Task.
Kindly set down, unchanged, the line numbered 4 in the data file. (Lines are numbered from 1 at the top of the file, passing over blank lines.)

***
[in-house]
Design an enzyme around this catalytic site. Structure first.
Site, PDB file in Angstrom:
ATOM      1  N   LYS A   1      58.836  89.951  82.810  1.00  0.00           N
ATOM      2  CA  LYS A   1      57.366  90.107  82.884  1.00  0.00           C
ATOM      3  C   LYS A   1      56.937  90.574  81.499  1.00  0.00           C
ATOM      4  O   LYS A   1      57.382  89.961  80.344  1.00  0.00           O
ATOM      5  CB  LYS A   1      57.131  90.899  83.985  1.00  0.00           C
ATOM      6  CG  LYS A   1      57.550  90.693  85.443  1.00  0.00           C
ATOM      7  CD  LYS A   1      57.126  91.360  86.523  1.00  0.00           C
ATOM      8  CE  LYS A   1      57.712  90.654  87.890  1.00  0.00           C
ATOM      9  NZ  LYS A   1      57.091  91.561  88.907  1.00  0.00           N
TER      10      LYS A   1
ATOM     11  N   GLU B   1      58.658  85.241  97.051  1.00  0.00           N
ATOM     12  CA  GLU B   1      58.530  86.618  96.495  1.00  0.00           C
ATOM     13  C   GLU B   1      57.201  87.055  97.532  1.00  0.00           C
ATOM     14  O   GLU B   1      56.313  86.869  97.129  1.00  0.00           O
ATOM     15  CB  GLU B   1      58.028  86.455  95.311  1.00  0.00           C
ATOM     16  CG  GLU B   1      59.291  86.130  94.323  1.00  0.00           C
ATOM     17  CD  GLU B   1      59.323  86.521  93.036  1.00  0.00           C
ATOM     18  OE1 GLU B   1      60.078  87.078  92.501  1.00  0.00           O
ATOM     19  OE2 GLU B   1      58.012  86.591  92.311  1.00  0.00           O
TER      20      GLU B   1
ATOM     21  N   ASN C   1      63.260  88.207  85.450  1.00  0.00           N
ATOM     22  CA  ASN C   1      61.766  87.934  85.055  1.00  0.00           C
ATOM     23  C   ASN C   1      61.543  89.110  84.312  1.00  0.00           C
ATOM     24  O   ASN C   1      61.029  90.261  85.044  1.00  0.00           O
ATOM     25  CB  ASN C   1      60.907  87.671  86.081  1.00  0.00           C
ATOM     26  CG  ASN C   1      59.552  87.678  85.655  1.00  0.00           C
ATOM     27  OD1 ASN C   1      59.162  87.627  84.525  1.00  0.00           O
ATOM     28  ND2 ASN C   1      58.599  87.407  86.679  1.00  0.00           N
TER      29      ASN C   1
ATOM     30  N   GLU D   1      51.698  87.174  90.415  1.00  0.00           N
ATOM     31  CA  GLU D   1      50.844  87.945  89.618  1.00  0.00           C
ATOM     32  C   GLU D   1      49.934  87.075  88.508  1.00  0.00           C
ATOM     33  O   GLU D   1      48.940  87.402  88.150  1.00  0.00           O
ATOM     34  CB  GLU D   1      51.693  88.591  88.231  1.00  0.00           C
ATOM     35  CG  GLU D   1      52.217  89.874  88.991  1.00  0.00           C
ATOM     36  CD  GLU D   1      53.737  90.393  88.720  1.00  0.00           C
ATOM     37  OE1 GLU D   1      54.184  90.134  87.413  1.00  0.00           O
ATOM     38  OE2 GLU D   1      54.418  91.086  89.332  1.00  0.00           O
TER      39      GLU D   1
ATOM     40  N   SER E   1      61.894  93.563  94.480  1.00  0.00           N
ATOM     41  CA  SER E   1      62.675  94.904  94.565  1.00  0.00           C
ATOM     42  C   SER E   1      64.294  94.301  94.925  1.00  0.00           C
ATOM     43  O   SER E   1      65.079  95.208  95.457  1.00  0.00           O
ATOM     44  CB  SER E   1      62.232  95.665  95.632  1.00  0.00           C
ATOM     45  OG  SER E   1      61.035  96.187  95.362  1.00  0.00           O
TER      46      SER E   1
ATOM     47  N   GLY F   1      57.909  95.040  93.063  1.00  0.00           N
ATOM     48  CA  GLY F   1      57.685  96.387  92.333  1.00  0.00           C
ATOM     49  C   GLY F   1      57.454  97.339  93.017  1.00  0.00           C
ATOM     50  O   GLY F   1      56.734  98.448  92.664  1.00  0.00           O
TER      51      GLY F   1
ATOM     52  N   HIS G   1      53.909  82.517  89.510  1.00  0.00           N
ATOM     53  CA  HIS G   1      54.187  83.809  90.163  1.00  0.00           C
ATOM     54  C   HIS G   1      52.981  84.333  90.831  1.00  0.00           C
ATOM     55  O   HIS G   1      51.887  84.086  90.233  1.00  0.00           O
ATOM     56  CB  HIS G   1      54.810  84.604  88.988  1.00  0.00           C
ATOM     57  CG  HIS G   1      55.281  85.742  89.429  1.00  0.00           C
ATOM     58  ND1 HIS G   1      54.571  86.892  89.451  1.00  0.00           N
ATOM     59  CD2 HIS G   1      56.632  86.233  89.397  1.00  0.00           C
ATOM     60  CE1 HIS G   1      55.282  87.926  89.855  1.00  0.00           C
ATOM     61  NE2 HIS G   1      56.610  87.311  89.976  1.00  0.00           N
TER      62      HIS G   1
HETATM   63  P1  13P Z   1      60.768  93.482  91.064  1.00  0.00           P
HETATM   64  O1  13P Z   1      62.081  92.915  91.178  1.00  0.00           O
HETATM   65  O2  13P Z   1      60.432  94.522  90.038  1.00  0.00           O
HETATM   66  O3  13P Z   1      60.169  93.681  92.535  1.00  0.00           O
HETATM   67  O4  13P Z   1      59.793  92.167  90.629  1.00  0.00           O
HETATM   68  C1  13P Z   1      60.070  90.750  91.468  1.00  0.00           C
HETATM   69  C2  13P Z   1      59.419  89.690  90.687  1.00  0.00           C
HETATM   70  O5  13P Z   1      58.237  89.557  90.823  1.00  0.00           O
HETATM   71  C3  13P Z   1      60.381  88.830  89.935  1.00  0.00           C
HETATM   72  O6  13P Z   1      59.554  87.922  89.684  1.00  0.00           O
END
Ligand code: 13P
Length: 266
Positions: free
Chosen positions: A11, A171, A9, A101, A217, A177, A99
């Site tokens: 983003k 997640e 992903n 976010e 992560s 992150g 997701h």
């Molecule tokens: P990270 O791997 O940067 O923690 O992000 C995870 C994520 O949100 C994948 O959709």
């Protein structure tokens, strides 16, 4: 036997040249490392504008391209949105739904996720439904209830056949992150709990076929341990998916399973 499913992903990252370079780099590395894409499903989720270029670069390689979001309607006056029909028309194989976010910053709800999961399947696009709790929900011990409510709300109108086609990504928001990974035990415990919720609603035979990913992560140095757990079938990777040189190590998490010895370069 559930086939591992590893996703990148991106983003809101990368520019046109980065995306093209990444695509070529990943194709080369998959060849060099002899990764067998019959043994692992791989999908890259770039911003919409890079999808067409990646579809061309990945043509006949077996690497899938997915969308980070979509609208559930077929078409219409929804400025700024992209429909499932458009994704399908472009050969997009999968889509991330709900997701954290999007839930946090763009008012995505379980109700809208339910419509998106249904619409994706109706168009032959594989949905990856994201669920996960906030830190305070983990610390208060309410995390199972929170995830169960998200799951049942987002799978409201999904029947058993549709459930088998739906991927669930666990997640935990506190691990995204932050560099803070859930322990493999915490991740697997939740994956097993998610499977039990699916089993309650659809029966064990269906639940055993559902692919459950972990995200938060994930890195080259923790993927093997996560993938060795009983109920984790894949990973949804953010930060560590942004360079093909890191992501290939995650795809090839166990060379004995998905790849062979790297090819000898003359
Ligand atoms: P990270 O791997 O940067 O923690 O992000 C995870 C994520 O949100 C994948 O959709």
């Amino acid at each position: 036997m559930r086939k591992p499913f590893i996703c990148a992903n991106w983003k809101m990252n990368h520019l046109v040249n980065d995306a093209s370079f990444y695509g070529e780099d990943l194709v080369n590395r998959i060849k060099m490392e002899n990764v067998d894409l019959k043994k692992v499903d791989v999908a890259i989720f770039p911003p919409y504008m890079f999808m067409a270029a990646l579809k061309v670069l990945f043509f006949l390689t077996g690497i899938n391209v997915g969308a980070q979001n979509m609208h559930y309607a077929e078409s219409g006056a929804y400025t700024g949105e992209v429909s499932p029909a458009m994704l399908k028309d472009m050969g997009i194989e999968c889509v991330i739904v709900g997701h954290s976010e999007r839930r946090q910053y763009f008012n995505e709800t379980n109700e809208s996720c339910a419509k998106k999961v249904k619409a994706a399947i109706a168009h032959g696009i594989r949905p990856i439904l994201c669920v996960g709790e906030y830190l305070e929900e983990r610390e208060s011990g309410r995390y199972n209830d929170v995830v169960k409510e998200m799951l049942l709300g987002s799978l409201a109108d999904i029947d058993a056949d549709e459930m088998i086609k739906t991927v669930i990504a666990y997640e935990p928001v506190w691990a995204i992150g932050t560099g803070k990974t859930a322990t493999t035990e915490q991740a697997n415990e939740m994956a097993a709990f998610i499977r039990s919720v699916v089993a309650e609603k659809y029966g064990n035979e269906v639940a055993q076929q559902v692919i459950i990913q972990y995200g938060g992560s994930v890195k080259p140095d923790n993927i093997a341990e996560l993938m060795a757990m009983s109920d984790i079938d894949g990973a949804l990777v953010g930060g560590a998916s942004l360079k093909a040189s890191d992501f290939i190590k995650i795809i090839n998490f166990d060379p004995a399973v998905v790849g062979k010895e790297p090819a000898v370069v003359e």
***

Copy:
ATOM      1  N   LYS A   1      58.836  89.951  82.810  1.00  0.00           N